How to distribute your survey
6 min read

How to distribute your survey

Choosing the correct survey distribution method is crucial if you are wanting to get the most accurate and insightful data from your evaluations.

This blog post will explore these options in detail, helping you choose a distribution method that aligns with your goals and desired outcomes. The Culture Counts Evaluation Platform streamlines the process of survey distribution and helps improve response rates by offering a range of distribution methods to suit your needs.

Basic checklist

A great way to understand the scope of your evaluation and the reality of executing that goal is to use a short checklist to ensure you are identifying all facets of the project.

  • How many responses are you aiming to get?
  • What is your budget/resourcing for this event & subsequent evaluation?
  • Will you be incentivising the survey?
  • Logistically, what is the most convenient way for you to collect responses?
    • Ticketholder emails?
    • Flyers/posters at an event?
    • Intercept interviews?
    • A tablet at a set location, such as a kiosk?

Survey size

Smaller samples aren’t always a bad thing!
Peer and self assessor surveys will often have a very small sample size, usually no more than 10 responses per survey. Interviewer and online distribution methods lend themselves to larger samples, and a sample of around 100-150 is considered a decent goal to reach if the event is of moderate size.

The Australian Bureau of Statistics has a sample size calculator that can be a handy tool for calculating target sample size based on estimated audience size. Margins of error can be calculated once data is collected to verify whether it is representative.


Consider your budget
Online links are a budget-friendly way to distribute your survey, with most of the costs going towards printing the flyers/posters. You can turn your online link into a QR code that can be easily added to any physical advertising material.

Consider the cost of staffing when it comes to fieldwork, as you will most likely need multiple people canvassing over a few hours to get maximum engagement. Fieldwork can be a valuable investment in capturing responses from important groups that may otherwise not complete a survey (including elderly or disadvantaged communities).

Incentivising your survey can be a powerful way to increase response rates and improve the quality of the data you collect. By offering an incentive, such as a gift card or free tickets to the next event, you can motivate people to take the time to complete your survey. This is especially important when you are targeting a busy or hard-to-reach population. Incentives can also help ensure that you get a representative sample of your population, as they can encourage people who might not otherwise participate to do so.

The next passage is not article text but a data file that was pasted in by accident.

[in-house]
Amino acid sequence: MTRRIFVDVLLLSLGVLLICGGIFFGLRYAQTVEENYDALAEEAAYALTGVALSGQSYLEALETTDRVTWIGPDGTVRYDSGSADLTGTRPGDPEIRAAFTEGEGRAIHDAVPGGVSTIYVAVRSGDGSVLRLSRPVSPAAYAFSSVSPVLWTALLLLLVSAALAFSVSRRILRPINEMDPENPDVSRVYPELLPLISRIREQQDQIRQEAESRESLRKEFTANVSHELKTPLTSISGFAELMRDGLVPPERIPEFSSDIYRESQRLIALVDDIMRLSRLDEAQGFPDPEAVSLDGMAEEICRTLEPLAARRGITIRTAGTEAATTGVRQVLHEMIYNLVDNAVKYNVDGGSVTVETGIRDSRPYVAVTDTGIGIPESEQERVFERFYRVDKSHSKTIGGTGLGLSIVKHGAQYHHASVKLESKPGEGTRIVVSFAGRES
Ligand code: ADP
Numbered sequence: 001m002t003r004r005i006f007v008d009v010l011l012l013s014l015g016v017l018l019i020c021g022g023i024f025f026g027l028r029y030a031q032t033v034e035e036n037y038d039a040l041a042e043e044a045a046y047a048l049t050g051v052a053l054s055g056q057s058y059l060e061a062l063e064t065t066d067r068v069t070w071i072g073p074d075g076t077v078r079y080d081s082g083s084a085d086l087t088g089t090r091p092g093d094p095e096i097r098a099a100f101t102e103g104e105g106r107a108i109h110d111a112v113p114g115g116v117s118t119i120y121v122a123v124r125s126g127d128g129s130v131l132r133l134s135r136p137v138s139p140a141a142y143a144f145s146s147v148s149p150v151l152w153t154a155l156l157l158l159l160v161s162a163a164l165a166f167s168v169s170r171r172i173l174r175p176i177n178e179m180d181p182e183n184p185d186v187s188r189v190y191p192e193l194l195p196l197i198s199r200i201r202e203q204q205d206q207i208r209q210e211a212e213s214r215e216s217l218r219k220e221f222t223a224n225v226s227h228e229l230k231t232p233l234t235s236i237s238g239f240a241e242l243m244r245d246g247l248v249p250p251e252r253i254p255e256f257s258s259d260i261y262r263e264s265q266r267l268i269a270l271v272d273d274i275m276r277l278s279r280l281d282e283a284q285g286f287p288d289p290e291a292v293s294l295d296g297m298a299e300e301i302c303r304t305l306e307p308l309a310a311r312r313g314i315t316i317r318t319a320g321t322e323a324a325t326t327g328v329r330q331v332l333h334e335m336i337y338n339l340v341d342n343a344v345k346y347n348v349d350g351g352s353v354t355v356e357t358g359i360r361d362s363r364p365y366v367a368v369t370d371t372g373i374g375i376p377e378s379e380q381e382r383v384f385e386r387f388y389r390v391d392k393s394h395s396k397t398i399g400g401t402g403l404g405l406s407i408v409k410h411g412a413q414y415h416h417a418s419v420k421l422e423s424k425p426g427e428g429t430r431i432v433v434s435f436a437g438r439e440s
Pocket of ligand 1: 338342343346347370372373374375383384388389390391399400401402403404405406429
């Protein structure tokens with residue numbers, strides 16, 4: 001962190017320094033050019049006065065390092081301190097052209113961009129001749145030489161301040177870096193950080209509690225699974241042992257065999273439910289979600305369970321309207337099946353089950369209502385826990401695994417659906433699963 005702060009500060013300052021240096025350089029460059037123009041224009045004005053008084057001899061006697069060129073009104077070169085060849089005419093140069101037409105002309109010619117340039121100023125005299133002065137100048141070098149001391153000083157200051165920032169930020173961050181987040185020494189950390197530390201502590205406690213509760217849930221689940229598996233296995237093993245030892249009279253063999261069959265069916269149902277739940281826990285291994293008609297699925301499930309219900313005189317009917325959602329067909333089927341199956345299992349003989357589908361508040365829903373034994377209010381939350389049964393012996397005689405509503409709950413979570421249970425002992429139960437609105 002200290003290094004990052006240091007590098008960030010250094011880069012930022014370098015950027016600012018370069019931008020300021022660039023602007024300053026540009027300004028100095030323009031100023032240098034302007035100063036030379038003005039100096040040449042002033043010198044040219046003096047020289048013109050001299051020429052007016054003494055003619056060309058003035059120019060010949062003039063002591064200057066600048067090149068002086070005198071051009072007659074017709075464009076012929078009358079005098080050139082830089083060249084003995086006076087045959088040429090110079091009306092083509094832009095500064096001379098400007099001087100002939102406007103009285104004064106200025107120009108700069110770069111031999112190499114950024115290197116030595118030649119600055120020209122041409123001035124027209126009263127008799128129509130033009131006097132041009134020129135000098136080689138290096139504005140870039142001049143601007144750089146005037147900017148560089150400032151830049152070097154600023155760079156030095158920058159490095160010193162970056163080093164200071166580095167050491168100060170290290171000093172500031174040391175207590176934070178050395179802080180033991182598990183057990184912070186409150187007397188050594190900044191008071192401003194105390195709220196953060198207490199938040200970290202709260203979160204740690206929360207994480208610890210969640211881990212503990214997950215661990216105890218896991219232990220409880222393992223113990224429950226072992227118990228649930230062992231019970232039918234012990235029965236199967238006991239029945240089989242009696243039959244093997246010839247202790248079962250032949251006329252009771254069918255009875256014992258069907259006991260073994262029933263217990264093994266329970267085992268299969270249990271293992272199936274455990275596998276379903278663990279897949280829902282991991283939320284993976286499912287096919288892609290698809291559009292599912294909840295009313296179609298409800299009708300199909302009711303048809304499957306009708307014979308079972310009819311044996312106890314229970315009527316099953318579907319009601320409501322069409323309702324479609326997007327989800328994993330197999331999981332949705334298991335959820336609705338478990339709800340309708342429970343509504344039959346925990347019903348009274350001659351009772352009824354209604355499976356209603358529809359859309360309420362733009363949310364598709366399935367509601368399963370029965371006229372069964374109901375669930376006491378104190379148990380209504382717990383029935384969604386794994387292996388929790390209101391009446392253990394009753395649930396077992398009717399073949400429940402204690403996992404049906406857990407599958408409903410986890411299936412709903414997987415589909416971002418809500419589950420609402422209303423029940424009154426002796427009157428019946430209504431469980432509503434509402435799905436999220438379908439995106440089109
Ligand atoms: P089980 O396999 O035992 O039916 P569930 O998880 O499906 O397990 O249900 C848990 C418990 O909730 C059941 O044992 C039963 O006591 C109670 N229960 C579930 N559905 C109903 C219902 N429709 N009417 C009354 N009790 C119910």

Target your distribution strategies using Culture Counts
One of the handy features of our evaluation platform is the ability to target specific audiences for maximum engagement.

Culture Counts Client Manager, Nicole Tan Emery (right) distributing survey flyers with QR Codes. The survey respondent scans the QR Code to access the online survey.

Survey types
Our peer and self assessor surveys are a great way to collect valuable feedback from colleagues or professionals within your field, and the platform allows direct distribution to those select people.

Distribution methods
Our online, interviewer and display methods also offer an element of customisation based on your circumstances:

  • The interviewer method is great if you’re looking at conducting fieldwork at an event, as this method allows for intercept surveys to be collected on tablets. Our new offline surveys feature is also beneficial, as you don’t need to be connected to the internet to collect data. Fieldworkers also have extended admin capabilities in the interview survey interface, such as refreshing the page and submitting incomplete surveys if needed.
  • The display method is ideal for evaluations that are taking place over a longer period, such as a museum exhibition or annual library user evaluation. The administrative features of the display link are designed for surveys that will be public-facing on a tablet at a kiosk or front desk.
  • The online method is ideal for reaching the widest audience with minimal effort. The online survey link and QR code can be distributed on social media as well as on flyers and posters – it’s the perfect method for respondents to access the survey in a straightforward way. Our clients often send out the link to ticket holders post-event, landing right into their inboxes while the event is still fresh in their minds. QR codes are also an effective means of distributing the link, as you can collect data from attendees while they are still at an event.

Ready to start evaluating? You can contact us here to learn more.

About the author
Shelley Timms is a Client Manager at Culture Counts.